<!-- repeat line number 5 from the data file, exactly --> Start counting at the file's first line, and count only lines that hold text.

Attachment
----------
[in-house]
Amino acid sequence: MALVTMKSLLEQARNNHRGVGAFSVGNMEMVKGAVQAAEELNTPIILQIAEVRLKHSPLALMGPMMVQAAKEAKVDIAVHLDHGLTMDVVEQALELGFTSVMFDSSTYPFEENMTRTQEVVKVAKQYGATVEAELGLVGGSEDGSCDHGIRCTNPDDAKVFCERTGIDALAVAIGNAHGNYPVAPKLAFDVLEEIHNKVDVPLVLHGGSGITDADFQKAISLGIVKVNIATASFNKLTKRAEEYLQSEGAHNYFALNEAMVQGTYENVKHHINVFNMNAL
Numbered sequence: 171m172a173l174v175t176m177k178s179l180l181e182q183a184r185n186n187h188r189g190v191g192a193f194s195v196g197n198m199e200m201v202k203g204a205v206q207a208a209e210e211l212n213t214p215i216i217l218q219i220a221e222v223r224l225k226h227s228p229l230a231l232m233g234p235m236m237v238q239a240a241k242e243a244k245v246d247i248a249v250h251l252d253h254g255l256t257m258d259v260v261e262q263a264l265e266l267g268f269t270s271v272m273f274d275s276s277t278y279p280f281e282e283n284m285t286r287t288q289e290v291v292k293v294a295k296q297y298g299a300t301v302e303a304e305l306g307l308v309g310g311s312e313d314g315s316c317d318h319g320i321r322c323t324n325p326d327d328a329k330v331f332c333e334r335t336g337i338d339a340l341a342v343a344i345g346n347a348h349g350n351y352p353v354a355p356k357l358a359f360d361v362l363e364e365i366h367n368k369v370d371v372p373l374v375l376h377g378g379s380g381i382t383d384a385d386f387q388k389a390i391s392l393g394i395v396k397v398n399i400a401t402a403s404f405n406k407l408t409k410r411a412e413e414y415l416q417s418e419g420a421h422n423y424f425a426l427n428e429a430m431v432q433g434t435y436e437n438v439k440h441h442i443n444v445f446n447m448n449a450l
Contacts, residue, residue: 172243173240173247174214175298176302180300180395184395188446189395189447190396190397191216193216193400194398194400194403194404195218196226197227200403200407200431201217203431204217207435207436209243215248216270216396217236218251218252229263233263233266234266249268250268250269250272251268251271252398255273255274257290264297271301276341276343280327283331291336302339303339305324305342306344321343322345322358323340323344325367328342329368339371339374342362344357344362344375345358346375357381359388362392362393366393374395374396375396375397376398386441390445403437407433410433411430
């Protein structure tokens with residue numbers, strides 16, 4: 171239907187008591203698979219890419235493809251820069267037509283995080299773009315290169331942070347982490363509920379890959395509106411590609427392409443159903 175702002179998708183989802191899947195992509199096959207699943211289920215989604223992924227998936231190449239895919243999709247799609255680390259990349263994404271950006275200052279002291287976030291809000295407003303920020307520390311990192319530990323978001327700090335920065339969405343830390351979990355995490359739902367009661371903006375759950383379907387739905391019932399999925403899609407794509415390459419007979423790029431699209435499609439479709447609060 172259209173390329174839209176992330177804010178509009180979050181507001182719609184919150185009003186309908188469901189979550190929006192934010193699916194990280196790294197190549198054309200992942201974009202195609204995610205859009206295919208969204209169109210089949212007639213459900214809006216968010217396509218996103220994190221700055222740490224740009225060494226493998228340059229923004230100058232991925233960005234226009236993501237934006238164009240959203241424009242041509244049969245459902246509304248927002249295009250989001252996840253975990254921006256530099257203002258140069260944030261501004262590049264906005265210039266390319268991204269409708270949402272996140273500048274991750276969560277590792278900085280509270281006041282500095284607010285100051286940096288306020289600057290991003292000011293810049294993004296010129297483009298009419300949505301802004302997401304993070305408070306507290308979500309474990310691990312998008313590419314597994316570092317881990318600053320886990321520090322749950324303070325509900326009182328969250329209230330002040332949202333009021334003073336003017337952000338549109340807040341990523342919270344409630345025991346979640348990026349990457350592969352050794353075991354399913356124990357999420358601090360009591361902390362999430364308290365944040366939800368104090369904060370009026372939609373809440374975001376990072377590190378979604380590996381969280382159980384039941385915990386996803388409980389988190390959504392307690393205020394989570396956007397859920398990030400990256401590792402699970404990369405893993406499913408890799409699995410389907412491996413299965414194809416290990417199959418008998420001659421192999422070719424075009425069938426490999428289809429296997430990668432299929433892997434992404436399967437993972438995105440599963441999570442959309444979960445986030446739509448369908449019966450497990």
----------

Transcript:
């Protein structure tokens with residue numbers, strides 16, 4: 171239907187008591203698979219890419235493809251820069267037509283995080299773009315290169331942070347982490363509920379890959395509106411590609427392409443159903 175702002179998708183989802191899947195992509199096959207699943211289920215989604223992924227998936231190449239895919243999709247799609255680390259990349263994404271950006275200052279002291287976030291809000295407003303920020307520390311990192319530990323978001327700090335920065339969405343830390351979990355995490359739902367009661371903006375759950383379907387739905391019932399999925403899609407794509415390459419007979423790029431699209435499609439479709447609060 172259209173390329174839209176992330177804010178509009180979050181507001182719609184919150185009003186309908188469901189979550190929006192934010193699916194990280196790294197190549198054309200992942201974009202195609204995610205859009206295919208969204209169109210089949212007639213459900214809006216968010217396509218996103220994190221700055222740490224740009225060494226493998228340059229923004230100058232991925233960005234226009236993501237934006238164009240959203241424009242041509244049969245459902246509304248927002249295009250989001252996840253975990254921006256530099257203002258140069260944030261501004262590049264906005265210039266390319268991204269409708270949402272996140273500048274991750276969560277590792278900085280509270281006041282500095284607010285100051286940096288306020289600057290991003292000011293810049294993004296010129297483009298009419300949505301802004302997401304993070305408070306507290308979500309474990310691990312998008313590419314597994316570092317881990318600053320886990321520090322749950324303070325509900326009182328969250329209230330002040332949202333009021334003073336003017337952000338549109340807040341990523342919270344409630345025991346979640348990026349990457350592969352050794353075991354399913356124990357999420358601090360009591361902390362999430364308290365944040366939800368104090369904060370009026372939609373809440374975001376990072377590190378979604380590996381969280382159980384039941385915990386996803388409980389988190390959504392307690393205020394989570396956007397859920398990030400990256401590792402699970404990369405893993406499913408890799409699995410389907412491996413299965414194809416290990417199959418008998420001659421192999422070719424075009425069938426490999428289809429296997430990668432299929433892997434992404436399967437993972438995105440599963441999570442959309444979960445986030446739509448369908449019966450497990």